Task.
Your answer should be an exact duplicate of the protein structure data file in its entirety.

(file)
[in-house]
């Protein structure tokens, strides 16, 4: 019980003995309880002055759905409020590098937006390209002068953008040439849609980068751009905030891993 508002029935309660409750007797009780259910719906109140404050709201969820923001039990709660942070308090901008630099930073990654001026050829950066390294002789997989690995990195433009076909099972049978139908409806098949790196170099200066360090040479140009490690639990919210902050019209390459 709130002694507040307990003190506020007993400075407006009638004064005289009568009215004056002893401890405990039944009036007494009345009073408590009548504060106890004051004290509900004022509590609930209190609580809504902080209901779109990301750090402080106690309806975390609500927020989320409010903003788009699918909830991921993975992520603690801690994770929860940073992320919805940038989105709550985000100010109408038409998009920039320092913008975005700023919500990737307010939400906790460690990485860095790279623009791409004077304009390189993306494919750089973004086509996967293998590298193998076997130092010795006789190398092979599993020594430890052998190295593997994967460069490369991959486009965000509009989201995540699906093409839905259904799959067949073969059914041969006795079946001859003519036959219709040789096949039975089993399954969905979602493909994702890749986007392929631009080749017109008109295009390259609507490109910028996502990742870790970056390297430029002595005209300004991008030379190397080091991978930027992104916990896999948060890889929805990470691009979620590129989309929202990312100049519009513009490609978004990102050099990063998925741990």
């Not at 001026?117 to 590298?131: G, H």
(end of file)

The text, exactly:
[in-house]
């Protein structure tokens, strides 16, 4: 019980003995309880002055759905409020590098937006390209002068953008040439849609980068751009905030891993 508002029935309660409750007797009780259910719906109140404050709201969820923001039990709660942070308090901008630099930073990654001026050829950066390294002789997989690995990195433009076909099972049978139908409806098949790196170099200066360090040479140009490690639990919210902050019209390459 709130002694507040307990003190506020007993400075407006009638004064005289009568009215004056002893401890405990039944009036007494009345009073408590009548504060106890004051004290509900004022509590609930209190609580809504902080209901779109990301750090402080106690309806975390609500927020989320409010903003788009699918909830991921993975992520603690801690994770929860940073992320919805940038989105709550985000100010109408038409998009920039320092913008975005700023919500990737307010939400906790460690990485860095790279623009791409004077304009390189993306494919750089973004086509996967293998590298193998076997130092010795006789190398092979599993020594430890052998190295593997994967460069490369991959486009965000509009989201995540699906093409839905259904799959067949073969059914041969006795079946001859003519036959219709040789096949039975089993399954969905979602493909994702890749986007392929631009080749017109008109295009390259609507490109910028996502990742870790970056390297430029002595005209300004991008030379190397080091991978930027992104916990896999948060890889929805990470691009979620590129989309929202990312100049519009513009490609978004990102050099990063998925741990």
């Not at 001026?117 to 590298?131: G, H």